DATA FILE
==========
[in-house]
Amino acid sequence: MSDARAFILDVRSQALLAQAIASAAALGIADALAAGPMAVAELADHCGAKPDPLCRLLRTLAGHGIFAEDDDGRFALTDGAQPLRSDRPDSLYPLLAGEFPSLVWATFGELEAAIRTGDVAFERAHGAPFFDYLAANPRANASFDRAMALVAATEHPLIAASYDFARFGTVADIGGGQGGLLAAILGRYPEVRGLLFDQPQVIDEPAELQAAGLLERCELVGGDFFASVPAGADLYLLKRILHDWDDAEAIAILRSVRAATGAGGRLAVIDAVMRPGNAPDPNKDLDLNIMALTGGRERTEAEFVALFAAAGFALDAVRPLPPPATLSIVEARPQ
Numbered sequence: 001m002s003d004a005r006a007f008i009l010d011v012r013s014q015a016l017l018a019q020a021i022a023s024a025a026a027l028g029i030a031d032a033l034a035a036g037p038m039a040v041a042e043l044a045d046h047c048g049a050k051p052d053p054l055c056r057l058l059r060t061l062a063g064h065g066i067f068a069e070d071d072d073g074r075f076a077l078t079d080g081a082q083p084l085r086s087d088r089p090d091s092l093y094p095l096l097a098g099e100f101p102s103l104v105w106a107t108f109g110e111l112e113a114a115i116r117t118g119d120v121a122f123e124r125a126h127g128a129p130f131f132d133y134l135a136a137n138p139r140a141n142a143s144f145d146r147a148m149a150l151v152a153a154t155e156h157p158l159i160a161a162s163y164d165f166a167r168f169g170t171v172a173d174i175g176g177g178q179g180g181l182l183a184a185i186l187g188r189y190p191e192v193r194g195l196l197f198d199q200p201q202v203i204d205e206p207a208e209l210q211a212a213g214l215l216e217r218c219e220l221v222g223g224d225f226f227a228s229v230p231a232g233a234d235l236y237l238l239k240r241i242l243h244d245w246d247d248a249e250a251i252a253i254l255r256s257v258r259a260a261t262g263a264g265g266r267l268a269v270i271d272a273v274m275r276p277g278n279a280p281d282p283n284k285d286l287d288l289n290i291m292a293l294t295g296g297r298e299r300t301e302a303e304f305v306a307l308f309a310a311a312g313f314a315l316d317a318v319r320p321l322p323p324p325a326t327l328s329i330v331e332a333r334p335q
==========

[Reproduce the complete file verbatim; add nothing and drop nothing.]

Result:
[in-house]
Amino acid sequence: MSDARAFILDVRSQALLAQAIASAAALGIADALAAGPMAVAELADHCGAKPDPLCRLLRTLAGHGIFAEDDDGRFALTDGAQPLRSDRPDSLYPLLAGEFPSLVWATFGELEAAIRTGDVAFERAHGAPFFDYLAANPRANASFDRAMALVAATEHPLIAASYDFARFGTVADIGGGQGGLLAAILGRYPEVRGLLFDQPQVIDEPAELQAAGLLERCELVGGDFFASVPAGADLYLLKRILHDWDDAEAIAILRSVRAATGAGGRLAVIDAVMRPGNAPDPNKDLDLNIMALTGGRERTEAEFVALFAAAGFALDAVRPLPPPATLSIVEARPQ
Numbered sequence: 001m002s003d004a005r006a007f008i009l010d011v012r013s014q015a016l017l018a019q020a021i022a023s024a025a026a027l028g029i030a031d032a033l034a035a036g037p038m039a040v041a042e043l044a045d046h047c048g049a050k051p052d053p054l055c056r057l058l059r060t061l062a063g064h065g066i067f068a069e070d071d072d073g074r075f076a077l078t079d080g081a082q083p084l085r086s087d088r089p090d091s092l093y094p095l096l097a098g099e100f101p102s103l104v105w106a107t108f109g110e111l112e113a114a115i116r117t118g119d120v121a122f123e124r125a126h127g128a129p130f131f132d133y134l135a136a137n138p139r140a141n142a143s144f145d146r147a148m149a150l151v152a153a154t155e156h157p158l159i160a161a162s163y164d165f166a167r168f169g170t171v172a173d174i175g176g177g178q179g180g181l182l183a184a185i186l187g188r189y190p191e192v193r194g195l196l197f198d199q200p201q202v203i204d205e206p207a208e209l210q211a212a213g214l215l216e217r218c219e220l221v222g223g224d225f226f227a228s229v230p231a232g233a234d235l236y237l238l239k240r241i242l243h244d245w246d247d248a249e250a251i252a253i254l255r256s257v258r259a260a261t262g263a264g265g266r267l268a269v270i271d272a273v274m275r276p277g278n279a280p281d282p283n284k285d286l287d288l289n290i291m292a293l294t295g296g297r298e299r300t301e302a303e304f305v306a307l308f309a310a311a312g313f314a315l316d317a318v319r320p321l322p323p324p325a326t327l328s329i330v331e332a333r334p335q